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The Not So Big House: A Blueprint for the Way We Really Live Hardcover – October 1, 1998

4.1 out of 5 stars 173 customer reviews

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Editorial Reviews

Amazon.com Review

When describing a favorite room in the house, do you find yourself using terms such as "expansive," "formal," and "spacious"--a marble foyer or a formal dining room perhaps? Or do the words "cozy," "intimate," and "warm" come to mind--a cheery little breakfast nook or a window seat complete with plenty of pillows and a breathtaking view? More than likely, you--like thousands of other homeowners--are drawn to the more personal spaces in your home, where comfort, beauty, and efficiency meet. In The Not So Big House, respected architect Sarah Susanka and coauthor Kira Obolensky address our affinity for the "smaller, more personal spaces" and propose "clear, workable guidelines for creating homes that serve both our spiritual needs and our material requirements." The heart of the not-so-big house--which is not "just a small house ... [but] a smaller house," that uses "less space to give greater quality of life," and is designed to not only "accommodate the lifestyles of its occupants" but also to express "our values and our personalities," is discussed in chapter 1, entitled "Bigger Isn't Better." Susanka's urging for homeowners to get creative with their space as well as loads of ideas to encourage that creativity are covered in "Rethinking the House" and "Making Not So Big Work." Discussions of specific needs, such as a home for one and designing for kids, can be found in "Lifestyles of the Not So Rich and Famous," while "Dreams, Details, and Dollars" gets down to the nuts and bolts of the operation, looking at quality versus quantity, budgeting, and what "low end," "middle ground," and "high end" really mean in home design and construction. Lastly, the authors look at the home of the future, which involves simplifying, recycling, reducing waste, and using energy-efficient construction. With more than 200 color photographs, as well as floor plans and Susanka and Obolensky's intelligent and lively dialogue, The Not So Big House is perfect for homeowners ready to rethink their space. --Stefanie Hargreaves

From Library Journal

Architect Susanka believes that the large homes being built today place too much emphasis on square footage rather than on current lifestyles. Here she shows how homes can be designed to feature "adaptable spaces open to one another, designed for everyday use." She describes how to examine occupants' lifestyles, how to incorporate the kitchen as the focal point of the home, how to give the illusion of space, and how, with storage, lighting, and furniture arrangement, a smaller home can be comfortably livable. Photographs of contemporary homes as well as those by Frank Lloyd Wright and other modern architects illustrate Susanka's ideas and show the timelessness of the style she advocates. This thought-provoking book will be a good addition to architectural and interior design collections.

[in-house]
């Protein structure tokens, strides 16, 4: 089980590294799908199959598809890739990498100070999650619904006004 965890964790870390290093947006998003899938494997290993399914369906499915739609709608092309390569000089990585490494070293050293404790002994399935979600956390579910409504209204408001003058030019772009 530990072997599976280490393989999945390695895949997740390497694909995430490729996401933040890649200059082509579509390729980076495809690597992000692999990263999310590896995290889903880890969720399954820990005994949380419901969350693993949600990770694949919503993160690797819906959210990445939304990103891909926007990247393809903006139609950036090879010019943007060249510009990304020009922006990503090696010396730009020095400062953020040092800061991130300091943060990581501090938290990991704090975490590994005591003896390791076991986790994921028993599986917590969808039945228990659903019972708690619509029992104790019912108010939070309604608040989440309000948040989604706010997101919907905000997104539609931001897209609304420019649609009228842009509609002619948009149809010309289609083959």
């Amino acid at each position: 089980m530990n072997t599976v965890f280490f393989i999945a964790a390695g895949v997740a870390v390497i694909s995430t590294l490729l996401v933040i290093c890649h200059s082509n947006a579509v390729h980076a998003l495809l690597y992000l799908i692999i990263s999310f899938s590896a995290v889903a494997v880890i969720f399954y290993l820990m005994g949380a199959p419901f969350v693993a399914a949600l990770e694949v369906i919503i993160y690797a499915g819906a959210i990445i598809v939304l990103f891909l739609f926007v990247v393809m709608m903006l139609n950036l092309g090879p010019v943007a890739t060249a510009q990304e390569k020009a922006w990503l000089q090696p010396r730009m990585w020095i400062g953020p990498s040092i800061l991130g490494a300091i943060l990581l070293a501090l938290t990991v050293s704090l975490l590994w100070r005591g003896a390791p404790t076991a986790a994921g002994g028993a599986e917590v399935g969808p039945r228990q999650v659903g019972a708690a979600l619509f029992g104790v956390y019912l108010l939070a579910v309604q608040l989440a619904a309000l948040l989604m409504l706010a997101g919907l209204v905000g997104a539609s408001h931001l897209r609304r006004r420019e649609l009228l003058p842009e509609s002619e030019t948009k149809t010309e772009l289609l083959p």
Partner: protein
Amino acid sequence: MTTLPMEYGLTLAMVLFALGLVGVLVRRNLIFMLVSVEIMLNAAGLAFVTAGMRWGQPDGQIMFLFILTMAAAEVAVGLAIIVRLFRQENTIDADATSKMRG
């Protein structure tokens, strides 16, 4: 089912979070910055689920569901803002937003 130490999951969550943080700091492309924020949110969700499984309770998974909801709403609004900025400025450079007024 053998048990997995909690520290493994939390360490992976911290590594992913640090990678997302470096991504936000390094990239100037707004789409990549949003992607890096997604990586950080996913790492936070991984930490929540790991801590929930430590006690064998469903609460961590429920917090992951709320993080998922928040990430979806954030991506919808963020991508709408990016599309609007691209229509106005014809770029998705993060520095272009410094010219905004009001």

Copyright 1998 Reed Business Information, Inc.

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Product Details

  • Hardcover: 199 pages
  • Publisher: Taunton Press; Later Printing edition (1998)
  • Language: English
  • ISBN-10: 1561581305
  • ISBN-13: 978-1561581306
  • Product Dimensions: 10.3 x 0.8 x 10.3 inches
  • Shipping Weight: 2.2 pounds (View shipping rates and policies)
  • Average Customer Review: 4.1 out of 5 stars  See all reviews (173 customer reviews)
  • Amazon Best Sellers Rank: #284,487 in Books (See Top 100 in Books)

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Customer Reviews

Top Customer Reviews

Format: Hardcover
We are just completing the construction of our new home. While this book was certainly not the only source of ideas, it was certainly critical in giving us the courage to abandon the "starter castle" mentality of soaring ceilings and the attendent wasted space. The reaction we are getting certainly bears out the strength of these design concepts.
Given the content of the other reviews, I have to be clear about the intentions of this book. It is not a book about building inexpensive houses. It is written by an architect, and architects are generally not consulted when price is the ultimate consideration. It is not a book of house plans, nor a how-to book on house design. It is a book about a design philosophy which considers the house as a place to live rather than as a monument to impress ones neighbors. The philosophy is not terribly original; why does it have to be? It is a return to basic principles of good design.